Unison, the public-sector union which campaigned for 15 years to get the asbestos removed, claimed that when work was carried out at the Hampshire college "pupils and staff were kicking the asbestos dust around like snow unaware that the powder on the floor was dangerous and could have deadly consequences years later".
The Health and Safety Executive decided to prosecute after college staff complained they had been exposed to the deadly dust from 1993 to 1999.
Fareham College pleaded guilty on Monday to four charges of alleged health and safety breaches concerning asbestos control, and was ordered by Fareham magistrates court to pay pound;23,000 in fines and pound;18,000 in court costs.
An HSE spokesman said: "There is no safe level of asbestos. Colleges should just assume it is there."
Caroline Villiers, regional officer of Unison, said: "I think it is important people realise that colleges are riddled with it.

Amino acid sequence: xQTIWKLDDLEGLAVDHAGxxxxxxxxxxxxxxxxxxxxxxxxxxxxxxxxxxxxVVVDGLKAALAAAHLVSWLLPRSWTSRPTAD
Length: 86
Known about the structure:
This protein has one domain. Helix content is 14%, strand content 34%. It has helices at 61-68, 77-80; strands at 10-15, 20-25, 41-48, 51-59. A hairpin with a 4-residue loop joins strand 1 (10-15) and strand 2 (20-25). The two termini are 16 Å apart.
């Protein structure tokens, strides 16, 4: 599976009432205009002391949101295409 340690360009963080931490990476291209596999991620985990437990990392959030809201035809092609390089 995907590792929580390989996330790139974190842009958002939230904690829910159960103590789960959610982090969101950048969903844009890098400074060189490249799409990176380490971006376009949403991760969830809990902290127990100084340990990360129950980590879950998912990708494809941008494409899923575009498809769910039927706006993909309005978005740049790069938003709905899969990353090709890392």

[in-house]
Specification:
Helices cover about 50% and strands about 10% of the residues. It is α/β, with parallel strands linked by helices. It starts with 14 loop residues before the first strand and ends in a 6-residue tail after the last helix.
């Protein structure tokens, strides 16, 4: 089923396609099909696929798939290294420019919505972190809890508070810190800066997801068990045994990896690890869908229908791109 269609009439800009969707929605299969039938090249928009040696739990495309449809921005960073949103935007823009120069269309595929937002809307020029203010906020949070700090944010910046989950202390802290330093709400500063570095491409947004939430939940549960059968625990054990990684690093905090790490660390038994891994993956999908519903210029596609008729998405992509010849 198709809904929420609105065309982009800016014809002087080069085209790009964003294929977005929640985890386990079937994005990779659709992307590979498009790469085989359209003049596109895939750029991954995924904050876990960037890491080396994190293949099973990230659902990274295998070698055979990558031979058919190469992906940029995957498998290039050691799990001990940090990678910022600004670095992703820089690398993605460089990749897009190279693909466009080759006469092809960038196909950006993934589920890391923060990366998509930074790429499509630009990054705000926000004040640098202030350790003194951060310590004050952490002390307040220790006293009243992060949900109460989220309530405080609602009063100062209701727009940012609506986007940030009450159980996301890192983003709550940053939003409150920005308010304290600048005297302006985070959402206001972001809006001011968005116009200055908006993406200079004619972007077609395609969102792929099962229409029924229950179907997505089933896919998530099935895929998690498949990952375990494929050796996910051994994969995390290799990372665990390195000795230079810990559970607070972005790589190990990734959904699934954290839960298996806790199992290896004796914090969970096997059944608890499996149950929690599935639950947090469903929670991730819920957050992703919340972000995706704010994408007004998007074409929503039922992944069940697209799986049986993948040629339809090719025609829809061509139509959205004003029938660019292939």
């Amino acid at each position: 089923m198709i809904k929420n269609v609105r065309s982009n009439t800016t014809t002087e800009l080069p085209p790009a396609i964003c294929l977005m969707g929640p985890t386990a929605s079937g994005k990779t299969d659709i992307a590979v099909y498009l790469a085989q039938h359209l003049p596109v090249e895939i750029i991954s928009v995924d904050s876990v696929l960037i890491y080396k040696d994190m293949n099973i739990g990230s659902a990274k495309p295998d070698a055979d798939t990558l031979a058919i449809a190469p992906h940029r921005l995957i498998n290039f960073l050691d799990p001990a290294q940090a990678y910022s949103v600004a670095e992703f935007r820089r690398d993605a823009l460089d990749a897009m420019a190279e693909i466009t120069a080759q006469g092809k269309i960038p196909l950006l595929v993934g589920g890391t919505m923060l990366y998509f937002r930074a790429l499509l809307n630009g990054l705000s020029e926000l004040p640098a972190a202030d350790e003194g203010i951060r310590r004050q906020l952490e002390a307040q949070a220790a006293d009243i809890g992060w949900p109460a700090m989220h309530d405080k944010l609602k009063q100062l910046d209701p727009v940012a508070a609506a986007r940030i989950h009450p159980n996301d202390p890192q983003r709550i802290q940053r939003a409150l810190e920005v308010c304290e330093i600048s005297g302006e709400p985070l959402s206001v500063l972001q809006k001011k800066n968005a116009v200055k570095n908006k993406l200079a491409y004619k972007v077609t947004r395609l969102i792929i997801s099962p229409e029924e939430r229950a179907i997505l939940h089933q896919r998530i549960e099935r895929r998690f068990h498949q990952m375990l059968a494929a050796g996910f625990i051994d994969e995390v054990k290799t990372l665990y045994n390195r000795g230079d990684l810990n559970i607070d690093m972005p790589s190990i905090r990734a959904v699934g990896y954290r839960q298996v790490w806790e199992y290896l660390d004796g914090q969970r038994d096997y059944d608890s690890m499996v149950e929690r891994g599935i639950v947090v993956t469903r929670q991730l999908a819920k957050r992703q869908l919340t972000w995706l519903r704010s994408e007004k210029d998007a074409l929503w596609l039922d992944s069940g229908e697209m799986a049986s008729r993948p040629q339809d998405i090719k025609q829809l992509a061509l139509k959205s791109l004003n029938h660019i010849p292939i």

"Staff at Fareham were required to drill and cut into these walls on many occasions without being instructed to wear protective equipment or to warn the members of the public around them.
"There are now concerns not only for the welfare of the staff but also for past students and site contractors who were undoubtedly exposed to asbestos dust.
"These people have to live with the thought that every cough could be the start of this fatal illness."
Malcolm Charnley, the college principal, said: "Unfortunately the college cannot change history, but important lessons have been learned and rigorous systems and procedures have now been put in place."
"The college co-operated fully with the HSE, and also offered staff access to counselling, medical advice and health screening."
Mr Charnley claimed the college would not be affected by the fine as money had already been put aside.
The Further Education Funding Council gave the college pound;300,000 in 1999 to pay for a full survey and asbestos removal. The disease asbestosis can take 25 to 30 years to develop.